Inside the Persecuted Church of North Korea - Radical

Inside the Persecuted Church of North Korea

How is the church in North Korea growing amidst persecution? In this episode of Neighborhoods and Nations, Steven Morales talks with Eric Foley, the CEO of Voice of Martyrs Korea, to learn how the North Korean church is not only growing, but has played a role in missionary work in some of the hardest places on earth. Then, we hear from Luke, an Afghan pastor, who first heard the gospel from Korean Christians who bravely shared the gospel with him in Afghanistan.

I’m in Seoul. About 35 miles away from the North Korea border, and… It’s Sunday here is South Korea. So we’re going to church.

But this church… It’s a little different than any other church I’ve been to.

This is Saemoonan Presbyterian Church, and it’s beautiful. The architects designed it to represent Saemoonan’s significance as the mother of all churches in Seoul. 

This building opened in 2019, on the 132nd anniversary of the church, and it’s high on the list of “churches to visit” here in Seoul. And I know, “a list of churches to visit” might sound weird, but hear me out.

Today, in a country that’s smaller than many states in the US, there are hundreds of churches with over a thousand members. 

There are three times more churches than convenience stores. 

There are more than 80,000 protestant churches here in South Korea. That’s more than 1 church per 650 people.

Today millions of South Koreans identify as Christians. And this building, this Church, is a testimony to how different things are today than in the past.

When missionaries first got to Korea, they were met with resistance from both the government and the people. Christians were thought of as alien invaders, and they were persecuted, stoned even, and forced out.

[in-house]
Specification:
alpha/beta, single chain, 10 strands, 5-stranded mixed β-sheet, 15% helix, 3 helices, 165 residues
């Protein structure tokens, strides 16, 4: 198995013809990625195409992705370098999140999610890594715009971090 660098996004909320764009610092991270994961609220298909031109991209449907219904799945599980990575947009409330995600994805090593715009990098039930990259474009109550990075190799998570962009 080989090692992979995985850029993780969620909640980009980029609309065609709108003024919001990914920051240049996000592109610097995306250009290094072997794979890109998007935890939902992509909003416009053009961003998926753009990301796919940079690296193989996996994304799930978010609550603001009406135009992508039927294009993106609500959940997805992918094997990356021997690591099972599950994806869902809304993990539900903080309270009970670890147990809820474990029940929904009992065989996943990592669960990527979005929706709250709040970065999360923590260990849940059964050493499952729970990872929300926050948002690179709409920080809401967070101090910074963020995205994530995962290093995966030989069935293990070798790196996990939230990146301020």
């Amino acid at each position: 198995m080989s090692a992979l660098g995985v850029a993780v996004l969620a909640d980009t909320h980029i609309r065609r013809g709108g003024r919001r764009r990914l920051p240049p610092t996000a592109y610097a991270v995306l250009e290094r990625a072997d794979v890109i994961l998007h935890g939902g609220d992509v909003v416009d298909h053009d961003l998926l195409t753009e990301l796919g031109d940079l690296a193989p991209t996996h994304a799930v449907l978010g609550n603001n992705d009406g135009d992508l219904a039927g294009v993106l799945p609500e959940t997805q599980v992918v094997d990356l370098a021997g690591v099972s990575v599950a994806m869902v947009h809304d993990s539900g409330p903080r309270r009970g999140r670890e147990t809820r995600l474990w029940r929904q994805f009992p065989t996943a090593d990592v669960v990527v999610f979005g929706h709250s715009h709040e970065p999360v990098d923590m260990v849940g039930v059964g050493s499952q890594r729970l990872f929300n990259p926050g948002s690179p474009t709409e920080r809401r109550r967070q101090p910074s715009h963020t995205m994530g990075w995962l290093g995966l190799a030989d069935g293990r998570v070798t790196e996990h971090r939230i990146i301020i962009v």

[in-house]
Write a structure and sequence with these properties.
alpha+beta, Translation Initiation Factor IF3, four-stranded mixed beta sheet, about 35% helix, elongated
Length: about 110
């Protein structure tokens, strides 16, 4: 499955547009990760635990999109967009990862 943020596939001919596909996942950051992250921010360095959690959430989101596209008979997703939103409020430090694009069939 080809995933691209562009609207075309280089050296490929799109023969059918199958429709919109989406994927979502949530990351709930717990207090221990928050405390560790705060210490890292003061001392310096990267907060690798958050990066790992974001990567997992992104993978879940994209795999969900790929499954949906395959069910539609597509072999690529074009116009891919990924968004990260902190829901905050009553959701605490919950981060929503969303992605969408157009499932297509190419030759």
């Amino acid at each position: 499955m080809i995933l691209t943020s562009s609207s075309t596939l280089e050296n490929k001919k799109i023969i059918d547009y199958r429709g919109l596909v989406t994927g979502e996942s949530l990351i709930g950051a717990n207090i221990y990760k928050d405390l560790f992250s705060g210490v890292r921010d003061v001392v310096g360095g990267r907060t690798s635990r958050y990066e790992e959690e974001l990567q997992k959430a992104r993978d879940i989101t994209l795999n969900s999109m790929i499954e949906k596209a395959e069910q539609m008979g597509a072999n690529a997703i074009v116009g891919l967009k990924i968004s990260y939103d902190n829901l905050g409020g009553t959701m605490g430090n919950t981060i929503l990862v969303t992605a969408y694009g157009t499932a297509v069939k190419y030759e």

Things look obviously very, very different today.

But there’s a case to be made that things could actually be getting worse.

Despite its incredible growth, the South Korean Church is facing a major crisis. Only 13% of the younger generation considers Christians trustworthy, and only 21% of the general population thinks Christianity is credible. 

Another report shows that more than 69% percent of those in their twenties have no religious beliefs. 

I never would have guessed, but it’s kind of crazy to think that of the two Koreas, it’s the church in the south that’s in decline.

Because in the north, where Christianity is outlawed, there’s a whole different story taking place.

Christians Under the Kims

So what does it look like to be a Christian in North Korea anyway?

Since its very foundation, the North Korean regime has treated Christianity as an issue of national security. North Korean society is split into three main classes, or castes, according to how politically safe or risky they might be. Protestants are categorized as the Hostile Class 37, to be sentenced to life in Kwanliso, political prison camps where they face the harshest conditions.

The U.S. Department of State report on the conditions of Christians in North Korea gives a picture that’s honestly heartbreaking, with children being arrested and whole families being taken away just for being found with a cross. For as long as we have persecution lists, North Korea has been at the very top.

And yet, Christianity keeps making a way.

Eric Foley: In the year 2000, essentially 0% of North Koreans inside North Korea had seen a Bible with their own eyes. But today, as of the 2020 data, now more than 8% of North Koreans have seen a Bible with their own eyes…

We’re at a point in time in history where more, more North Koreans are reading the Bible than at any other point in history where the church in North Korea is growing faster than the church in the West and the church in South Korea. And yet the mindset we still have is what can I do to make a difference there?